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Disabled champs in Games hell

From Friday, seven Elite Athletes with Disability (EAD) — all set to represent India in this October’s Commonwealth Games — will get up daily at 2:30am to train.

india Updated: May 06, 2010 01:43 IST
Saurabh Duggal

From Friday, seven Elite Athletes with Disability (EAD) — all set to represent India in this October’s Commonwealth Games — will get up daily at 2:30am to train.

These five men and two women, with handicaps ranging from a single arm, to both legs being afflicted with polio, to having no use of the arm below the elbow (all differing categories of disability) have no choice — they have been given a 4-6am training slot.

The rest of the day’s slots at the Lakshmibai National University of Physical Education, Gwalior, are being kept aside for a college summer camp.

That’s not all.

The national camp is taking place at 25-m pool, while the competition will take place in a 50-m pool (the standard international size).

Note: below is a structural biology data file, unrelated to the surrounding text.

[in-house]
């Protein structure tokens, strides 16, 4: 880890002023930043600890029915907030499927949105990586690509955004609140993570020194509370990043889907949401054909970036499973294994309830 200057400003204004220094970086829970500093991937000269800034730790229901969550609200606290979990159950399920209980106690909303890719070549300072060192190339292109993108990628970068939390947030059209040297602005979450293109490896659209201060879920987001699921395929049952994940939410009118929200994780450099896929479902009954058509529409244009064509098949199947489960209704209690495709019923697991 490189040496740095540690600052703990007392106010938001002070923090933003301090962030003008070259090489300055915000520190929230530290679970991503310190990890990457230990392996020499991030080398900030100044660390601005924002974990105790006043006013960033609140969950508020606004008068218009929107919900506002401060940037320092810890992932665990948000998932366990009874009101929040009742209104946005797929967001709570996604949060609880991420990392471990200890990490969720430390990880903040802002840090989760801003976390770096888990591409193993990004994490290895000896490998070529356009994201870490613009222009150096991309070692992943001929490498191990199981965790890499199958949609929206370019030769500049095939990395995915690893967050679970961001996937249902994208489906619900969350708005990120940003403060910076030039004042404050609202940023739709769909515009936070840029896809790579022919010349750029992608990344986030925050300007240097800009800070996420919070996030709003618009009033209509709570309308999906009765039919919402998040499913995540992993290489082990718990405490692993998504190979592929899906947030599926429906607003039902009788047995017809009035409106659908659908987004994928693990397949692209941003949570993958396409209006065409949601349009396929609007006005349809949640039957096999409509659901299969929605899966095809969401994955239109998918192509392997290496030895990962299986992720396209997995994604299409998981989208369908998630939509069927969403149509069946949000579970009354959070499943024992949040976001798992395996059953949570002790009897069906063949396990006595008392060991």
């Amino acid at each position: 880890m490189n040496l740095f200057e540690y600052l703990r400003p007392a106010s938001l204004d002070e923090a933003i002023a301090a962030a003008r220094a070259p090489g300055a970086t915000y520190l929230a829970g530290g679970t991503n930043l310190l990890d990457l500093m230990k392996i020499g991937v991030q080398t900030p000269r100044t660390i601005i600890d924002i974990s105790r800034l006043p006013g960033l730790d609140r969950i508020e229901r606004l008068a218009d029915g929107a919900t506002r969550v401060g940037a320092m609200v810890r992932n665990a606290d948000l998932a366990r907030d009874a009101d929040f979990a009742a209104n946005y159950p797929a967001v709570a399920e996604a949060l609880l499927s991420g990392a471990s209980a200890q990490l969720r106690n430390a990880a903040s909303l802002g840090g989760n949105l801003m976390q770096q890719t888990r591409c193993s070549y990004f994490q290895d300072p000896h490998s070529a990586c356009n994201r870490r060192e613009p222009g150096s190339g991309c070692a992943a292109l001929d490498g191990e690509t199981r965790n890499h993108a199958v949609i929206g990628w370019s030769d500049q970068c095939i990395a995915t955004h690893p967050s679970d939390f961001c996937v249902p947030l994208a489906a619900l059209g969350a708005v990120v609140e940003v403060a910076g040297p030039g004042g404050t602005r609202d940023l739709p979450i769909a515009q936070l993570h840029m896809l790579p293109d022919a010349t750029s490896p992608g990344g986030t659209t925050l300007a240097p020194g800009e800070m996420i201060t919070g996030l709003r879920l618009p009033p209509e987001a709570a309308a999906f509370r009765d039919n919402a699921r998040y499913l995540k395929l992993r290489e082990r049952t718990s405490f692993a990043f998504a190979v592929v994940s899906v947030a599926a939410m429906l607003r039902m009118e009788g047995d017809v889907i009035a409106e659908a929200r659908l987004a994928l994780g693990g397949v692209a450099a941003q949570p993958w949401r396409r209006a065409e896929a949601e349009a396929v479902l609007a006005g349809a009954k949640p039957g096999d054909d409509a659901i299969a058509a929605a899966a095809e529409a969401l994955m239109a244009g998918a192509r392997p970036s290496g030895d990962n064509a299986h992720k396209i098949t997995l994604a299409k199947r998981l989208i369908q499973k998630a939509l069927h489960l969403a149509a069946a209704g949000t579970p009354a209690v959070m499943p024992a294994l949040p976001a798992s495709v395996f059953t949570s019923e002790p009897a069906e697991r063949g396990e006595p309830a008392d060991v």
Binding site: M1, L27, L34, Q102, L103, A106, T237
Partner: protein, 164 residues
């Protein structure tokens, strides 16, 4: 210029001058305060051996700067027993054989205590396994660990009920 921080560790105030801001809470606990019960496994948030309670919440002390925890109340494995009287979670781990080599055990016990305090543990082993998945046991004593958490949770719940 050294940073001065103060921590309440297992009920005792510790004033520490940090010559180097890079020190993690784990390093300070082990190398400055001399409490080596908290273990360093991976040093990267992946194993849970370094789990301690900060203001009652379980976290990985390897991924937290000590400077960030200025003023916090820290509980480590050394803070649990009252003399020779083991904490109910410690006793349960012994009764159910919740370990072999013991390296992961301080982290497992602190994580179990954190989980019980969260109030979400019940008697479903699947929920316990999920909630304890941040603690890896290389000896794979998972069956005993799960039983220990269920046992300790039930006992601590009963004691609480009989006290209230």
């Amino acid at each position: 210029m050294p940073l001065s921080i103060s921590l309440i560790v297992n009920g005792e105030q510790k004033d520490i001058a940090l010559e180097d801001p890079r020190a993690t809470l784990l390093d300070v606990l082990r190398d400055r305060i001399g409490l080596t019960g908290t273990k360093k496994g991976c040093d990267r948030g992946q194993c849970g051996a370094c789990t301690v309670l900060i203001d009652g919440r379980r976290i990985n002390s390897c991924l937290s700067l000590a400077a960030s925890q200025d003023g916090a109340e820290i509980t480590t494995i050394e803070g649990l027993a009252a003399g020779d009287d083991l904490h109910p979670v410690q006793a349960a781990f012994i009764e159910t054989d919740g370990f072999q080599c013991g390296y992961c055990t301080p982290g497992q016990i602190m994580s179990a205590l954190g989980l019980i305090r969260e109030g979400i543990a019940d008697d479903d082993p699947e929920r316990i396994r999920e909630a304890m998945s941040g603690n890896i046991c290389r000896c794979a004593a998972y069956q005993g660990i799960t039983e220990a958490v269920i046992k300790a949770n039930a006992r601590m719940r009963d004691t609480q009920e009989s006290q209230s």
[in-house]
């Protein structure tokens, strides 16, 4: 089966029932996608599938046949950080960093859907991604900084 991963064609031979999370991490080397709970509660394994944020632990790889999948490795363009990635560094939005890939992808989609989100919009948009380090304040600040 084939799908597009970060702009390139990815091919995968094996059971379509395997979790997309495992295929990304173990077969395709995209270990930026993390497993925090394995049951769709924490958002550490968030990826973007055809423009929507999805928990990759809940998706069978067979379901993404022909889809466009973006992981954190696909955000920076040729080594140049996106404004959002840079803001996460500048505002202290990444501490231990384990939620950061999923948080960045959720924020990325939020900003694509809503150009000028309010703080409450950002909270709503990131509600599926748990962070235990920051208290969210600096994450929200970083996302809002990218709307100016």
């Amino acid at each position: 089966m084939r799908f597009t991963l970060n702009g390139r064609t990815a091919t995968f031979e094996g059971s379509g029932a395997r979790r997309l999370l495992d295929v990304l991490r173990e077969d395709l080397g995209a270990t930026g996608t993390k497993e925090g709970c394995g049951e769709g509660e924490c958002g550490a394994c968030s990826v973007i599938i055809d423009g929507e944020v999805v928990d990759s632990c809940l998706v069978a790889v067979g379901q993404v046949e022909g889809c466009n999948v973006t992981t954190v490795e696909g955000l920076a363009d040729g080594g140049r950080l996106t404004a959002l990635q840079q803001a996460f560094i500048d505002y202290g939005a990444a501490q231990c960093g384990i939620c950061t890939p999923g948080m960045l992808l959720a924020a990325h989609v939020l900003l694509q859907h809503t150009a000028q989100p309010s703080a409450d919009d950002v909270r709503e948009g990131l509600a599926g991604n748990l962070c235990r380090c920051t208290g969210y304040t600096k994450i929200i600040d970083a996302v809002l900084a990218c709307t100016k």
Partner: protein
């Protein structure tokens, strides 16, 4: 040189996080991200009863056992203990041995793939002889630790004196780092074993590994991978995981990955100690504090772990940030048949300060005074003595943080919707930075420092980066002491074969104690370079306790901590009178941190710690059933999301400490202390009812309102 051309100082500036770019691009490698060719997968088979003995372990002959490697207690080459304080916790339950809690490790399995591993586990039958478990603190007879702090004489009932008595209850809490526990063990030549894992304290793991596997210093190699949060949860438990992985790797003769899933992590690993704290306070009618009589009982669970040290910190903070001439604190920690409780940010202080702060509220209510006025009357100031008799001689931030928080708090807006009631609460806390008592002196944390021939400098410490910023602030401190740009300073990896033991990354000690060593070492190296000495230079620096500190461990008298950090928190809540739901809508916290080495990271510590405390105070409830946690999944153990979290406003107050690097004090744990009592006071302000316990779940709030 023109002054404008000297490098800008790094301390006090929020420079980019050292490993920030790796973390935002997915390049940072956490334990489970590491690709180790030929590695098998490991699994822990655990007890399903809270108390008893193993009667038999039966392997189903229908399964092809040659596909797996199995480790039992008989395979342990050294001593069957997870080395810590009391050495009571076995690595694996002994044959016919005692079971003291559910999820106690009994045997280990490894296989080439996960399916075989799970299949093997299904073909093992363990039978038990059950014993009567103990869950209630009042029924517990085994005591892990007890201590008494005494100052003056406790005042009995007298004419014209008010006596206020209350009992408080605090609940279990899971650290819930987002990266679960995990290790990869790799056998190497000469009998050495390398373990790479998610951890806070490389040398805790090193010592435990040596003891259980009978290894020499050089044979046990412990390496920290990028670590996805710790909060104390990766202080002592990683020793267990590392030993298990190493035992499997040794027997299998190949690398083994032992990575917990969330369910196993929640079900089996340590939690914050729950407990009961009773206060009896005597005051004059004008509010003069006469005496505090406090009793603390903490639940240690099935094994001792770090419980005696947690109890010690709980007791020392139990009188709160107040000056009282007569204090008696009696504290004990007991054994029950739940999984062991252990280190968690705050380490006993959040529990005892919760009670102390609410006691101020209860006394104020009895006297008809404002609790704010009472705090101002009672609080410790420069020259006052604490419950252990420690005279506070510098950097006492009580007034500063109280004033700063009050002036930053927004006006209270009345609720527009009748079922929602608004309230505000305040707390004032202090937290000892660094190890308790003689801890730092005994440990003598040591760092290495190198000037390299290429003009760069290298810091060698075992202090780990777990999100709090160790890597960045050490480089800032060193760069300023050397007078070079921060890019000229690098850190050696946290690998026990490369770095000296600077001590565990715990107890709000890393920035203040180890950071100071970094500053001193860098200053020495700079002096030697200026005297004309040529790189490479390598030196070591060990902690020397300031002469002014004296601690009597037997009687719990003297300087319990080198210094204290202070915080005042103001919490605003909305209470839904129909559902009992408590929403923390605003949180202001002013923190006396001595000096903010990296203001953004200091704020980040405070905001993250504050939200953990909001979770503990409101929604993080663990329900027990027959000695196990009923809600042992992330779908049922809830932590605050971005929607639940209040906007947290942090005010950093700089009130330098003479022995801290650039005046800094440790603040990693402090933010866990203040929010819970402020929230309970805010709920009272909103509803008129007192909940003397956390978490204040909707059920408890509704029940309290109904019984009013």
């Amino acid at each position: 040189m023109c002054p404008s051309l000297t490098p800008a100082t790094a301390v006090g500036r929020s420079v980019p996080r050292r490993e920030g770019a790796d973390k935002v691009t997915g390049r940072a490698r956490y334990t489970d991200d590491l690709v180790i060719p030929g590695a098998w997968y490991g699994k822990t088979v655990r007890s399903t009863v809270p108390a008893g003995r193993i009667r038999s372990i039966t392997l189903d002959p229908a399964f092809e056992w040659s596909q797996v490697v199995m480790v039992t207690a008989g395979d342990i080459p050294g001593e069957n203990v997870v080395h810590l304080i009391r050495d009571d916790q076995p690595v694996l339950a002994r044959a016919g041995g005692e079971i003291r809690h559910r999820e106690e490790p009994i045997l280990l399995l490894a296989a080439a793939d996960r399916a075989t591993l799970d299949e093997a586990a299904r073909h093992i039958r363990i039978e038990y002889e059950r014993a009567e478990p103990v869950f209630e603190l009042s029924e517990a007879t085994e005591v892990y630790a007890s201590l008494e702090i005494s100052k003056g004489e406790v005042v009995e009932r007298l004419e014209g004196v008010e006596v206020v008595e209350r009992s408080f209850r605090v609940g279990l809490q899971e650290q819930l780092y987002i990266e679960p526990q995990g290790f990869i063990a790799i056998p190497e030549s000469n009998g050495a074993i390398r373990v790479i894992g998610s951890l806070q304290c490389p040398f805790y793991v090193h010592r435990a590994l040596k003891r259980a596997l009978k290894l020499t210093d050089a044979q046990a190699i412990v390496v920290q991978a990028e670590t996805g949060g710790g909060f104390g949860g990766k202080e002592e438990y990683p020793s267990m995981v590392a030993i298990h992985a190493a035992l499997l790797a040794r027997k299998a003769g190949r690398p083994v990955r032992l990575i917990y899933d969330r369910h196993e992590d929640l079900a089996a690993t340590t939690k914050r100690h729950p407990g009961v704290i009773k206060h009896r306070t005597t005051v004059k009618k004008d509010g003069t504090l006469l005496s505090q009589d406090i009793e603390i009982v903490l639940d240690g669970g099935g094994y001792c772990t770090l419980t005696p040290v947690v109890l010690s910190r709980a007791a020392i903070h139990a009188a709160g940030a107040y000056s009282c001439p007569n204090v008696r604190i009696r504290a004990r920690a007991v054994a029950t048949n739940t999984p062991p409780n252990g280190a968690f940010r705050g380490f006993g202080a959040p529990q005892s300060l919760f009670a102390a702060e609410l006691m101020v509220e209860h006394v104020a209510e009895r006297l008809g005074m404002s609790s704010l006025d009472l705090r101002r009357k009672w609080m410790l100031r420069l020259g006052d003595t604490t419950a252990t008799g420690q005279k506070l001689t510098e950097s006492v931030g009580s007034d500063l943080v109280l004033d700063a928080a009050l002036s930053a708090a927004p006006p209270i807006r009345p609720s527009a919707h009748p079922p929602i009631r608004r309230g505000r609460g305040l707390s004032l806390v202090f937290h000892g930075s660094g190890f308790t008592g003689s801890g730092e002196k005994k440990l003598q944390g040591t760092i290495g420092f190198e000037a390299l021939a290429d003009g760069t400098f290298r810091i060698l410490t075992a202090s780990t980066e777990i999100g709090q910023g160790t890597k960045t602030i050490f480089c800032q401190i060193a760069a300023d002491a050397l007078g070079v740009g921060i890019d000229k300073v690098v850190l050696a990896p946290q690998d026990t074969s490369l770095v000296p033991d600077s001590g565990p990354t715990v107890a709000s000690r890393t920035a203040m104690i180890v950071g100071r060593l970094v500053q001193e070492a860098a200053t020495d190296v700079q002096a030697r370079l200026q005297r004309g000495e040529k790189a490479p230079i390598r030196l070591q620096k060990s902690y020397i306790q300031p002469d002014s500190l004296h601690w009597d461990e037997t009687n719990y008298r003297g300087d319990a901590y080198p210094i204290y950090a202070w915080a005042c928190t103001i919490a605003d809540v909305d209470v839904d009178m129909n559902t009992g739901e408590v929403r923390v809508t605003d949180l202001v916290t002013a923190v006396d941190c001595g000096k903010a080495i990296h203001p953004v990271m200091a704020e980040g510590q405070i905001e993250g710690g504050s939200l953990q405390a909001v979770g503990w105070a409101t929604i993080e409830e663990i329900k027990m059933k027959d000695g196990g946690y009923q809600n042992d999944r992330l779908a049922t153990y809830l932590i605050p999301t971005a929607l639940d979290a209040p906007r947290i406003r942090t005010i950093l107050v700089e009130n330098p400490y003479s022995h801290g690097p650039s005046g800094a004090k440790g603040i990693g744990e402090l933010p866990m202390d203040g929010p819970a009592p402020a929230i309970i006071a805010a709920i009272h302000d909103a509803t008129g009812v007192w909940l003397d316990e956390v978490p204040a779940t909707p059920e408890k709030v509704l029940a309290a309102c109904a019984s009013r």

“The government is making fun of us. How can they organise an international camp at a 25m pool when the competition will take place in a 50m pool?” asked a national swimmer.

Another core group swimmer was indignant. “They are giving preference to summer coaching camps rather than swimmers preparing for the Commonwealth Games.”

At the national powerlifting camp in Nagpur, official callousness is evident in how lifters are being forced to travel the four kms from the MLA hostel where they're staying, to the practice arena by auto-rickshaw. It’s tough for disabled athletes with wheelchairs.

At the hostel itself, the players’ rooms have coolers, though the water-pumps are not working. It is not enough to beat the 42-45 degrees Celsius heat.

CWG campers at the athletics and table tennis camps at the SAI Centre, Gandhinagar, have no a/c rooms, but general category sportspersons have got them. “The condition of the toilets here is dismal. The quality of the food is also poor and not what has been sanctioned for Games' athletes (Rs 550, including supplements),” a disabled athlete added.

An athlete said they had met the Director-in-charge of the SAI, Western Centre, on Tuesday, to protest the discrimination. The Director in question, Shyam Sunder, said that the blockage in the toilets and the overflowing waste “would be sorted out in 2-3 days”. He added that he had “sent the demand for a/cs to the head office”. “As soon as we get the sanction for the same, we will float tenders”.

By which time, of course, the Games could well be over.